The symbolic meanings of houseplants

The symbolic meanings of houseplants

More than just ornamental decoration, the greenery we add to our houses are said to have many hidden meanings....

Want to make more money? Or, perhaps you're seeking a new romantic relationship? We're not claiming to have mystic powers, but there could be a plant for that. Intrigued? Read on to find the secret meanings and power your greenery is said to possess. 

Chinese Money Plant – wealth

Of course, there is a clue in the name here. If you’re after financial gain, this could be the plant for you. Native to southwest China, it is said to bring good fortune and wealth to its owner as its large circular leaves resemble coins stacking up. And they said money doesn’t grow on trees!

Aloe Vera – health

This hardy houseplant has many connections to healing due to the clear gel found within its leaves which can be used to treat a variety of skin issues, and it’s for this reason, it is connected to health and protection. In South Africa, they even hang the aloe vera above the entrances of homes as it’s also said to bring luck.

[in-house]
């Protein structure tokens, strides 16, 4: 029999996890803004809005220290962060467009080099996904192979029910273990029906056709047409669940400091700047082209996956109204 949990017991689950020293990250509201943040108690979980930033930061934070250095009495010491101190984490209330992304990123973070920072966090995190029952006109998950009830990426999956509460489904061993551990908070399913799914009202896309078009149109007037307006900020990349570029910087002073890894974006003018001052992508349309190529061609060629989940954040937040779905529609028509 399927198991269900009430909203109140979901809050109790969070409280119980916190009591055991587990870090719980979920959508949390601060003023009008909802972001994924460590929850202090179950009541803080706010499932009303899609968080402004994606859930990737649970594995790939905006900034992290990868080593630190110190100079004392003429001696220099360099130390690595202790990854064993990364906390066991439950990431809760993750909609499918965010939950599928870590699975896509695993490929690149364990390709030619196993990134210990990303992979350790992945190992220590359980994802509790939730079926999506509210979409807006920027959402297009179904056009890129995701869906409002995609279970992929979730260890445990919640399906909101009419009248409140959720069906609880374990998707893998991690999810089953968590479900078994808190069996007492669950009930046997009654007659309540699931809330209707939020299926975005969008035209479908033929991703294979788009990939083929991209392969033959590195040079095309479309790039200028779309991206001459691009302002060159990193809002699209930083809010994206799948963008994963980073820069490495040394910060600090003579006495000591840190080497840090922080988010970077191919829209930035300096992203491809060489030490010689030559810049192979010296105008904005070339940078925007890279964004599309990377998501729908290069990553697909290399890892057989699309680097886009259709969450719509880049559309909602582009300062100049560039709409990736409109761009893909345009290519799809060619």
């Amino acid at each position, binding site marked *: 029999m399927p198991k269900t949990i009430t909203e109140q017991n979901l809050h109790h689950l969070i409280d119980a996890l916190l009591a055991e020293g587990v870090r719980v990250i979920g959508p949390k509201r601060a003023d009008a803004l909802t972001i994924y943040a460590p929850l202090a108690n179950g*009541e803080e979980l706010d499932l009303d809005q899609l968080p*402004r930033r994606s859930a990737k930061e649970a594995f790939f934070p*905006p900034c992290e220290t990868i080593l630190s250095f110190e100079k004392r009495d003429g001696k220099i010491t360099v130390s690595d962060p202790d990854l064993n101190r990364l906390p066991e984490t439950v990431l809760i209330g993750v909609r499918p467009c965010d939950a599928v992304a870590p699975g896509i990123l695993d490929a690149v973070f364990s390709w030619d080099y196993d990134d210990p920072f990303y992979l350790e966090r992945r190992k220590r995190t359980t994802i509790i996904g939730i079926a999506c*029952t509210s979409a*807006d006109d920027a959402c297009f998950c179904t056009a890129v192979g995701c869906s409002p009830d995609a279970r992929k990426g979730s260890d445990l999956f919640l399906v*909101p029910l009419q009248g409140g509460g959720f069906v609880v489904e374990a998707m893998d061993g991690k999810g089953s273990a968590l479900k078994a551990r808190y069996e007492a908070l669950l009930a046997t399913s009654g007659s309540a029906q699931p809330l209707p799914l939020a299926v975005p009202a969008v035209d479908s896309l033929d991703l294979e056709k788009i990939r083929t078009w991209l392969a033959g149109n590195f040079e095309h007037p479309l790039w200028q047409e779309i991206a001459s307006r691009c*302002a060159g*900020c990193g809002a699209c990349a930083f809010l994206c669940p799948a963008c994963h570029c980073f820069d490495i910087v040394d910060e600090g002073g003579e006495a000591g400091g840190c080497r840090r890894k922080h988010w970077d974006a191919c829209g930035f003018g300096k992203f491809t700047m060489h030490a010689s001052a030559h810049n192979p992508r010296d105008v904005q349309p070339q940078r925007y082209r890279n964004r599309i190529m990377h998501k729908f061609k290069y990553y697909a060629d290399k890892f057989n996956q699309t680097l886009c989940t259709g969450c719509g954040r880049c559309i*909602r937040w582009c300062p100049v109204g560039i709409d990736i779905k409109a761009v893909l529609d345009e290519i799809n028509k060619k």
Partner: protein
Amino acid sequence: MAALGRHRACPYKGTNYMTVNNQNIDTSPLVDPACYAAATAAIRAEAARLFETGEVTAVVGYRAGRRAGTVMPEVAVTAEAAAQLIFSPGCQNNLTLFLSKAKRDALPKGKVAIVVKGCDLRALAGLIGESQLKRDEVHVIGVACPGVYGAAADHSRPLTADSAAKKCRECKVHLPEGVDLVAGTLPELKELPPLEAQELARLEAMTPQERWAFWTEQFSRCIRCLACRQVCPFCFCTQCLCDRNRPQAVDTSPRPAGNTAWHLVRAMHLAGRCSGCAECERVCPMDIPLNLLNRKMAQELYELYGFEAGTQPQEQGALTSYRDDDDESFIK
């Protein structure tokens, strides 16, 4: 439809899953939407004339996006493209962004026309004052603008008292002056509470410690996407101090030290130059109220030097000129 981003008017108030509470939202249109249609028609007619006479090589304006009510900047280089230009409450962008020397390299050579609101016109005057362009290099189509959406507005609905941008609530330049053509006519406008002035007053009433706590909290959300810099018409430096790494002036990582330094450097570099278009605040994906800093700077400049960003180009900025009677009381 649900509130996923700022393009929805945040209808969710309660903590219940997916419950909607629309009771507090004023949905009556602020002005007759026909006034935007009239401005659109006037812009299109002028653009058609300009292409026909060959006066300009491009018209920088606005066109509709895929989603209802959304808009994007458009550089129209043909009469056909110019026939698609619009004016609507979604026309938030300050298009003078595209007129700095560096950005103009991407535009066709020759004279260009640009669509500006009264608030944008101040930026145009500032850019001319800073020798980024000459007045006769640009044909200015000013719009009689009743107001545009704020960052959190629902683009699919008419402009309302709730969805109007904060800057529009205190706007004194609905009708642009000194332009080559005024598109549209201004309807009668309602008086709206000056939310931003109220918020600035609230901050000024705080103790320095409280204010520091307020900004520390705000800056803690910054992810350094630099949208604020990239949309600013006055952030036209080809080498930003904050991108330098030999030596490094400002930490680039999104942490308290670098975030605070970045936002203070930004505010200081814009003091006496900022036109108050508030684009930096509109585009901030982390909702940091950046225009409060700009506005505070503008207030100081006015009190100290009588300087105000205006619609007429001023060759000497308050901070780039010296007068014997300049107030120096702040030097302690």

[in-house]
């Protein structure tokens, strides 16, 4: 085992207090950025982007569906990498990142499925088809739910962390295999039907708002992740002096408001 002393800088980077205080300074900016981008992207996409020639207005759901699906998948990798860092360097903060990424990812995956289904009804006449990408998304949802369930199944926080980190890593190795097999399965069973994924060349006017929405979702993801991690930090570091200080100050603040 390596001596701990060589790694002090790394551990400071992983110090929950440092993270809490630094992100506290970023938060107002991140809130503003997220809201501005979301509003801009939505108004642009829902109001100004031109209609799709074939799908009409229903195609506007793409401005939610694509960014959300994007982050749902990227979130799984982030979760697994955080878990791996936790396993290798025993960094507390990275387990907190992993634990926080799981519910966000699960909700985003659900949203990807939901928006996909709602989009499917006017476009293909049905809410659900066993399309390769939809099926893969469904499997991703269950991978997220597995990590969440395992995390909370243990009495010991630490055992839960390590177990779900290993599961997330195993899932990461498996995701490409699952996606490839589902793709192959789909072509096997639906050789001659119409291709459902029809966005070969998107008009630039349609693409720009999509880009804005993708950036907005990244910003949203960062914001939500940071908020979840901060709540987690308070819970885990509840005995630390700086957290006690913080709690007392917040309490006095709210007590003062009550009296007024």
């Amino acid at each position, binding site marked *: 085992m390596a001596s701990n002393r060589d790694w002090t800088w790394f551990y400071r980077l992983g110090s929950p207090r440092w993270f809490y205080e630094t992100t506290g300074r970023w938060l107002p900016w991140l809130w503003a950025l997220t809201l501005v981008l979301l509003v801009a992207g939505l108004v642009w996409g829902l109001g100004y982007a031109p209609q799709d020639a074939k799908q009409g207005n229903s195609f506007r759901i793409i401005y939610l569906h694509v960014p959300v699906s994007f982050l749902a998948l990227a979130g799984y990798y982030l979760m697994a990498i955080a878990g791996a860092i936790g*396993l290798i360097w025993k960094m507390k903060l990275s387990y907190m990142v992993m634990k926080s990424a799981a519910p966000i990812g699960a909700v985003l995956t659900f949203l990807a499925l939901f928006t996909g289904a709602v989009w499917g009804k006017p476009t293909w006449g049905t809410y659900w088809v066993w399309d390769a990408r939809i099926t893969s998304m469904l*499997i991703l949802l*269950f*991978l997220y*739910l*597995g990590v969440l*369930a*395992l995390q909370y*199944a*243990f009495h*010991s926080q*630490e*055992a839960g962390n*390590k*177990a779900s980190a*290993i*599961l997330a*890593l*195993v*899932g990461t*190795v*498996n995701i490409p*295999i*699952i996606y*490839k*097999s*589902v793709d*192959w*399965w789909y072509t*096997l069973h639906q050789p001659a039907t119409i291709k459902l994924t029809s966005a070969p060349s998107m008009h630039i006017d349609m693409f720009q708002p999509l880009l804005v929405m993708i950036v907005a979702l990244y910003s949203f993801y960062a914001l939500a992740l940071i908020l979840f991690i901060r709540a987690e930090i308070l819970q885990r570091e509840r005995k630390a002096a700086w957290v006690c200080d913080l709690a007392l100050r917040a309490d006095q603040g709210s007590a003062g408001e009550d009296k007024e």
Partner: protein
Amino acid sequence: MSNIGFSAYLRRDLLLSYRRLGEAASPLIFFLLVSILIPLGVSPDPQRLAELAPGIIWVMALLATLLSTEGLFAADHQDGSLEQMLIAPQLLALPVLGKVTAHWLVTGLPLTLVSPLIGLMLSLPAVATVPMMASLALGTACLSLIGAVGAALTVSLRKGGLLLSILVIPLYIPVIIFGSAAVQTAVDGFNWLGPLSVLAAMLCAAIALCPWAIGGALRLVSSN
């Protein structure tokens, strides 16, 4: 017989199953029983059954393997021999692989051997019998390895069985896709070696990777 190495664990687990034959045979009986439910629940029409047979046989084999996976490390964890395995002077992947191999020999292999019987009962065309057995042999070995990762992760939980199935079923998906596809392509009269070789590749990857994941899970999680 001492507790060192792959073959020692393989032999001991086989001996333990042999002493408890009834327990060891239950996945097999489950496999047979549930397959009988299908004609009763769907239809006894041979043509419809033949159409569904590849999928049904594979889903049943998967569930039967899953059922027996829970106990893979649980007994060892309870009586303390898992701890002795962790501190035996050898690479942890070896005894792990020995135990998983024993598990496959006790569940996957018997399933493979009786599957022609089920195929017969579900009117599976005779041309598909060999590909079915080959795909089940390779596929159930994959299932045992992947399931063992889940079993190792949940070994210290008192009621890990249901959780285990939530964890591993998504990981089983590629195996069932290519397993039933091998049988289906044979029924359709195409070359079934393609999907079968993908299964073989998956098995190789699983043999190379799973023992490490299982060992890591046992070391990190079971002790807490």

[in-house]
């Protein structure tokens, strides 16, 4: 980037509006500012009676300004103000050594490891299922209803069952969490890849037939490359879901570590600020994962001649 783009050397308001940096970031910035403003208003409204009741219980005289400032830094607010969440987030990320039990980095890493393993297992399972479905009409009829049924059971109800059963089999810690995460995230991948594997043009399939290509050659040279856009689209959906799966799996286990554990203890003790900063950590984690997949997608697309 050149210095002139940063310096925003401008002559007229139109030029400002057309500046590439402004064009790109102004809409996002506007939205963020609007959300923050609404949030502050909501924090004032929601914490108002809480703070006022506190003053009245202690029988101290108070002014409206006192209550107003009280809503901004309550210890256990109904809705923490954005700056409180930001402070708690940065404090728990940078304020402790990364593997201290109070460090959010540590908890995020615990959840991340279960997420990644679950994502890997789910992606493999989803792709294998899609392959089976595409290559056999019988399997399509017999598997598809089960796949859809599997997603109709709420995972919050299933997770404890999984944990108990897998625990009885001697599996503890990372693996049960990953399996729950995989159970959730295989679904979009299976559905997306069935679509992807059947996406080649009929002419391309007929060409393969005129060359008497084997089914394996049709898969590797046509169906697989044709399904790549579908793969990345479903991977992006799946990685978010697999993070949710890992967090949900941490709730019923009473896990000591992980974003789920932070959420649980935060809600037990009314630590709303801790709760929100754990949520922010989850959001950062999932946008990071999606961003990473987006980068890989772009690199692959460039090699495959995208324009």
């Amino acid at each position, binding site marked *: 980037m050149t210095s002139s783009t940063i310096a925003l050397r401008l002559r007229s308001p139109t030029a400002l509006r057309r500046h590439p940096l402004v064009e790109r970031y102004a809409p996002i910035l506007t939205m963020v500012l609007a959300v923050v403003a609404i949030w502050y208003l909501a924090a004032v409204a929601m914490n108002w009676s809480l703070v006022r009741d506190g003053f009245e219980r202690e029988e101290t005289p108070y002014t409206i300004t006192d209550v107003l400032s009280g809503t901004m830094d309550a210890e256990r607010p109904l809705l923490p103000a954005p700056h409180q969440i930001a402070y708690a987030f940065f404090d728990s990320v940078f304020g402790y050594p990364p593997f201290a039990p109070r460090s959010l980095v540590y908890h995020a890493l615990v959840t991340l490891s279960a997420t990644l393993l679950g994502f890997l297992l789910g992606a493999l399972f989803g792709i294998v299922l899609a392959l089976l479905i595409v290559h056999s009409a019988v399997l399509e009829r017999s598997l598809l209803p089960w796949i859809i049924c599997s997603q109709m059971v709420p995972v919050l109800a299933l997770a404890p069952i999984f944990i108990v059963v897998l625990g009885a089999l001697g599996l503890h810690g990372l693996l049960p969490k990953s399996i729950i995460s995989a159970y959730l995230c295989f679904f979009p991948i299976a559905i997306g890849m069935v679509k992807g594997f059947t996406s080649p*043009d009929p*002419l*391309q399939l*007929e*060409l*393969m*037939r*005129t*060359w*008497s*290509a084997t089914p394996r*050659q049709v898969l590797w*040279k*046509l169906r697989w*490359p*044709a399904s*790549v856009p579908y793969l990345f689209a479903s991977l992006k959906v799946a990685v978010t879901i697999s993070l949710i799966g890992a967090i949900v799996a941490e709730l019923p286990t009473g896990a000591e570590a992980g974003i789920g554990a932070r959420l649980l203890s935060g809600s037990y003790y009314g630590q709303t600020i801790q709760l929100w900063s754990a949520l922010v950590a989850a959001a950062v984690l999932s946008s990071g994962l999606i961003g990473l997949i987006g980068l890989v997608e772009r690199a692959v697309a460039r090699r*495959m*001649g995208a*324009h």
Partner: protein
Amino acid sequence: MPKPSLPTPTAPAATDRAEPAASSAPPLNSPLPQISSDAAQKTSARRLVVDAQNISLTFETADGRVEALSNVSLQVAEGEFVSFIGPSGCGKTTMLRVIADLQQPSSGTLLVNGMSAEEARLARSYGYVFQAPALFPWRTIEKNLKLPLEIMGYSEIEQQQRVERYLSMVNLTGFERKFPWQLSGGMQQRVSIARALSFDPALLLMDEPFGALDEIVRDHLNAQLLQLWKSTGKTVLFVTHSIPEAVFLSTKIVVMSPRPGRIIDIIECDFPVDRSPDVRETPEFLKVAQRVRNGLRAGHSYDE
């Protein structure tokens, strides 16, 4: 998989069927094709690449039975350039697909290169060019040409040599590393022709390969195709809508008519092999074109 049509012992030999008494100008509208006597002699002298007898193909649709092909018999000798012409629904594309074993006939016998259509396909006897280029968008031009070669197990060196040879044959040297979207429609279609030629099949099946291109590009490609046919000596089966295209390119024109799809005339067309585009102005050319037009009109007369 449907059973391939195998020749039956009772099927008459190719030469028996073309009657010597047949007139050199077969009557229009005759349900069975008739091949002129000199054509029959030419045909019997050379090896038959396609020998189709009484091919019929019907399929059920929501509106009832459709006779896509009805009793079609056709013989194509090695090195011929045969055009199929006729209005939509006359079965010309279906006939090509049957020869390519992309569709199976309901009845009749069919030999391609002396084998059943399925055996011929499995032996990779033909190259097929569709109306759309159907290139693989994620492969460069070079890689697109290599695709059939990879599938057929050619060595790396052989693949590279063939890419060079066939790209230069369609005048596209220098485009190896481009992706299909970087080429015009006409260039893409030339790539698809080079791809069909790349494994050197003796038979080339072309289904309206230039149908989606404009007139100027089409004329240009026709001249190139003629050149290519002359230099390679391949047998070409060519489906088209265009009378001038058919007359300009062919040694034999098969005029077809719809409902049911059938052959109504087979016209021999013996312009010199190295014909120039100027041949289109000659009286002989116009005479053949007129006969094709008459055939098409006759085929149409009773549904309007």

Peace Lily – good energy

Again, the name is another give away for the not-so-secret meaning of this plant, but of course the Peace Lily brings an abundance of good, calming vibes. According to the Chinese art of feng shui, it can cleanse the energy of a room – perfect if you’ve just moved home. Also, the Peace Lily symbolises sympathy and are often seen at funerals.

Golden Pothos – determination

The Golden Pothos can grow in dark and low light, which has earnt it its common name, Devil’s Ivy. Due to the fact it can thrive in such conditions that other plants may struggle in, it represents dedication, especially if you’re currently chasing some goals, bringing good fortune to its owners.

Ferns – love

Generally speaking, Ferns are thought to be the plant of endless love – cute! Yet they also take on different meanings depending on the country. In Victorian England they were a symbol for sincerity, whilst in New Zealand they represent new beginnings and in Japan they stand for hope.